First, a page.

Two additional reasons are going to play for time extension and will interfere with the orderly process planned for the Brexit talks. The first one has to do with the two distinct stages which set out the management of these negotiations from the beginning. With a clear separation agreed by all parties between first, a withdrawal agreement (dealing with the practical modalities of the divorce), and then later a discussion on the future relationship between UK and the EU, the process looked straightforward. Unforeseen at the time were the implications of listing in the first agreement the issue related to the Northern Ireland border. By considering the need to avoid any hard border on the island of Ireland an element of the first package, the negotiators have been progressively dragged into discussing issues related to the future relations of the UK, including the EU Customs Union and the single market. Today’s deadlock on the Irish backstop option—the arrangements that would be applied if the future trade relationship between the EU and UK could not guarantee the absence of a hard border—stems precisely from this built-in flaw, meaning that a solution must be settled now when it actually relates to future arrangements. For this confusion to be sorted out, thus enabling the withdrawal agreement to be closed, a compromise will probably require transferring the Irish backstop issue, to a large extent, to the next stage of the negotiations.
Yet by passing the buck onto the next round of talks, negotiators are overloading their working agenda in the midst of what appears to be looming political instability in Britain and in the EU. Here is the second reason for expecting the whole Brexit process to drag on much longer than initially scheduled. In the UK, uncertainty prevails around the political outcome of forthcoming discussions in Parliament over the adoption of the future Brexit deal. Speculations are rising from divisions inside the Conservative Party about a change of prime minister, a general election, or a new referendum. These scenarios do not bode well for a quick conclusion of this first round of Brexit talks in Brussels.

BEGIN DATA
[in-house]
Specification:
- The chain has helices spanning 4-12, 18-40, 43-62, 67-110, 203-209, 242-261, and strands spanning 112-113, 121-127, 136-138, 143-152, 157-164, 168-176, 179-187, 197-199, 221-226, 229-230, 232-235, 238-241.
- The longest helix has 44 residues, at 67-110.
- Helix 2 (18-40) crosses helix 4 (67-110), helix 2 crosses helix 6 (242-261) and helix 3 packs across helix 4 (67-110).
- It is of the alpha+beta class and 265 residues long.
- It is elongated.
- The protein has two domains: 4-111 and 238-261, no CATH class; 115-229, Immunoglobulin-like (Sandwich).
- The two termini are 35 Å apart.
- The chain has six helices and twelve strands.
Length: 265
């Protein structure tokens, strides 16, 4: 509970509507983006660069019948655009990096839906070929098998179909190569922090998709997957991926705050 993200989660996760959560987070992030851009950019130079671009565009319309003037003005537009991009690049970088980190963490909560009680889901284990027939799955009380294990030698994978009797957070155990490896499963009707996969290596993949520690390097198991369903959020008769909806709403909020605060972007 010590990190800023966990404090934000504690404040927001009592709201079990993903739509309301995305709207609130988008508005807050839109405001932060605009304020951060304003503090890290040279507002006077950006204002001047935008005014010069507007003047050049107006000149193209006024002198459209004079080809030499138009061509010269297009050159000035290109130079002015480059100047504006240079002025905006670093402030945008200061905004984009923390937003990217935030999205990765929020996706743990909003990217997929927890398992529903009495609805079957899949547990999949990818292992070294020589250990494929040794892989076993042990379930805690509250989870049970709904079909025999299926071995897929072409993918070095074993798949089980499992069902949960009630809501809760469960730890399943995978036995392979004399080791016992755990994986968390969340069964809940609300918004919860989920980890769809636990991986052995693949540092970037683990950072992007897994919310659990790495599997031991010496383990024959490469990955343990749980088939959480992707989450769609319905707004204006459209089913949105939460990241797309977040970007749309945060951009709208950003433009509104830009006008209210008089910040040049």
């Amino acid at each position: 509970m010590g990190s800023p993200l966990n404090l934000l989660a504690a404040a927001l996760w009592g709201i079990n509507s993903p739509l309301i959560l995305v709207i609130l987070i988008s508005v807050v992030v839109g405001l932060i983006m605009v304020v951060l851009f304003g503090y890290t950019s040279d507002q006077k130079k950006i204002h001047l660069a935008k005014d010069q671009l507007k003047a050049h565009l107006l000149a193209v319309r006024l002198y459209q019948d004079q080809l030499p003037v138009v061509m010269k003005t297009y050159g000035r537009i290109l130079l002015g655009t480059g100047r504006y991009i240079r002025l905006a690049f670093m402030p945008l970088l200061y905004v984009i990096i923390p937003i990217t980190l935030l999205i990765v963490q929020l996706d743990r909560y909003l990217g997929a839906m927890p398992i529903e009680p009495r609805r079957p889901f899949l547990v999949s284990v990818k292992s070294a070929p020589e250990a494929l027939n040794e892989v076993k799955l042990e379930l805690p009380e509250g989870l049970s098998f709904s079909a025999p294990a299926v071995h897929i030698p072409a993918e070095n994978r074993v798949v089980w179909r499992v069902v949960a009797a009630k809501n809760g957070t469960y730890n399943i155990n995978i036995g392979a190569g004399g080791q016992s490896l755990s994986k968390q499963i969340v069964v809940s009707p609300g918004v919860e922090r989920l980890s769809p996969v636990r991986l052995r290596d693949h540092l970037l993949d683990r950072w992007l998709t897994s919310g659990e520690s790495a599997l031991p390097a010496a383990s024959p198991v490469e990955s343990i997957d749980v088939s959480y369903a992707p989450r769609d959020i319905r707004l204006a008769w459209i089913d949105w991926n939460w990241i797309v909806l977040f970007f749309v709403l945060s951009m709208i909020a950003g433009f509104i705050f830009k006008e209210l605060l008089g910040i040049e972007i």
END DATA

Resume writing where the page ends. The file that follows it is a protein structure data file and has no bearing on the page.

The possibility of extending the Article 50 timeline is now being openly discussed in the UK and on the EU-27 side. With the perspective of highly polarized European elections scheduled for May 2019, the current political context is not best suited for a speedy and balanced withdrawal agreement. As for the next round of talks on the future relationship, the aftermath of this electoral consultation will probably see the emergence of a reinvigorated populist political force in the European Parliament and in the European Commission. This new development will hinder the smooth consensus that has prevailed so far inside each of these institutions. It will impact the overall context of the transition period, during which the negotiations with Britain will move ahead. It comes as no surprise to now hear hints in Brussels at the possibility of extending the transition timeline.
Brexit was never going to be an easy ride. But given the increasingly intricate nature of the talks and the political storms on the horizon, it looks like it will be a very long and winding road.
Pierre Vimont is a senior fellow at Carnegie Europe. His research focuses on the European Neighborhood Policy, transatlantic relations, and French foreign policy. This article was first published by Judy Dempsey’s Strategic Europe which is published under the auspices of Carnegie Europe. More information can be found at www.carnegieeurope.eu